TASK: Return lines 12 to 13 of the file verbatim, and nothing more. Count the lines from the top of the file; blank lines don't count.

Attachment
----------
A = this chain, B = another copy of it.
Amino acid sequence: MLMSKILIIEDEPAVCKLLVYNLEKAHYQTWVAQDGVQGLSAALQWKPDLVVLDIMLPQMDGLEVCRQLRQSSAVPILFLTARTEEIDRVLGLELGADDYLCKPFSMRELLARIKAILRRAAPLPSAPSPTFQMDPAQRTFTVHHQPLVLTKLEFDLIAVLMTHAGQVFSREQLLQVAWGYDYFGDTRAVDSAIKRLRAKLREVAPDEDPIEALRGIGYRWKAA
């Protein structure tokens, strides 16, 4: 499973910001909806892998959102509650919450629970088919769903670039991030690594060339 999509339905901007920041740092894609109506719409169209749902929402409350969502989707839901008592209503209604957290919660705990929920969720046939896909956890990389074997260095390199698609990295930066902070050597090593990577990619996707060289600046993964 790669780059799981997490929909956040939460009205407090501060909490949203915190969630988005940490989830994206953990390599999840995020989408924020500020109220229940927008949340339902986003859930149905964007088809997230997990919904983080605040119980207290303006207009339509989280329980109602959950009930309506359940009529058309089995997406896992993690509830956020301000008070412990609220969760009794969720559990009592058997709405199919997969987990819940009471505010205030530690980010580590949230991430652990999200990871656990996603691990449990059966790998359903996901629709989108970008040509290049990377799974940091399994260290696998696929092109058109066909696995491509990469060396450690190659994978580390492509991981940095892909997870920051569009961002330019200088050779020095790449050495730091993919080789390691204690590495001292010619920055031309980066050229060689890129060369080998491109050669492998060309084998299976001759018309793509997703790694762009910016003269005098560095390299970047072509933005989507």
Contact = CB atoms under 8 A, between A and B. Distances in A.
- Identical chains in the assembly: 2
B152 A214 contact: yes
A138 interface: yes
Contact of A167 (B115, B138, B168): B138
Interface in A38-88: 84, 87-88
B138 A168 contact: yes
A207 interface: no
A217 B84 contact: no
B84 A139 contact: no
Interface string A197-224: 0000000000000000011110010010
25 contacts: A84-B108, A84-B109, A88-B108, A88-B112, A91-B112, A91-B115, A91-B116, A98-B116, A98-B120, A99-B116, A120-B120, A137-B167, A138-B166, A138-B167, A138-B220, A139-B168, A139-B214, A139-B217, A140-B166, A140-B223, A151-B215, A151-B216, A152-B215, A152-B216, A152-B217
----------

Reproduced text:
A217 B84 contact: no
B84 A139 contact: no